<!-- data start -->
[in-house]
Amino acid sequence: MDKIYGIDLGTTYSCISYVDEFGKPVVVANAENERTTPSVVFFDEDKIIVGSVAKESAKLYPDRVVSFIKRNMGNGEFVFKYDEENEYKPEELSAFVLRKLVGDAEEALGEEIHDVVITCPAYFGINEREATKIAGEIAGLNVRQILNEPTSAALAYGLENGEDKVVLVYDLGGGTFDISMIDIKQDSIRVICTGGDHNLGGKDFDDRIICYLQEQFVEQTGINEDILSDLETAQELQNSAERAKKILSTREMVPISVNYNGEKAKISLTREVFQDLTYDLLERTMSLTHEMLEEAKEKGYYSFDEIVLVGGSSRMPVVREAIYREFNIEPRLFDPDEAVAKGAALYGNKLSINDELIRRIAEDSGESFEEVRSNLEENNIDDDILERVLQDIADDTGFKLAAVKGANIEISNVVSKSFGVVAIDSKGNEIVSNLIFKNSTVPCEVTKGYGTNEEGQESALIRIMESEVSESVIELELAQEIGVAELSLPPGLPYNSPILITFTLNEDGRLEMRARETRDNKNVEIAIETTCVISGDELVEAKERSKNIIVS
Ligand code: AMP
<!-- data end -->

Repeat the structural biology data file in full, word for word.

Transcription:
[in-house]
Amino acid sequence: MDKIYGIDLGTTYSCISYVDEFGKPVVVANAENERTTPSVVFFDEDKIIVGSVAKESAKLYPDRVVSFIKRNMGNGEFVFKYDEENEYKPEELSAFVLRKLVGDAEEALGEEIHDVVITCPAYFGINEREATKIAGEIAGLNVRQILNEPTSAALAYGLENGEDKVVLVYDLGGGTFDISMIDIKQDSIRVICTGGDHNLGGKDFDDRIICYLQEQFVEQTGINEDILSDLETAQELQNSAERAKKILSTREMVPISVNYNGEKAKISLTREVFQDLTYDLLERTMSLTHEMLEEAKEKGYYSFDEIVLVGGSSRMPVVREAIYREFNIEPRLFDPDEAVAKGAALYGNKLSINDELIRRIAEDSGESFEEVRSNLEENNIDDDILERVLQDIADDTGFKLAAVKGANIEISNVVSKSFGVVAIDSKGNEIVSNLIFKNSTVPCEVTKGYGTNEEGQESALIRIMESEVSESVIELELAQEIGVAELSLPPGLPYNSPILITFTLNEDGRLEMRARETRDNKNVEIAIETTCVISGDELVEAKERSKNIIVS
Ligand code: AMP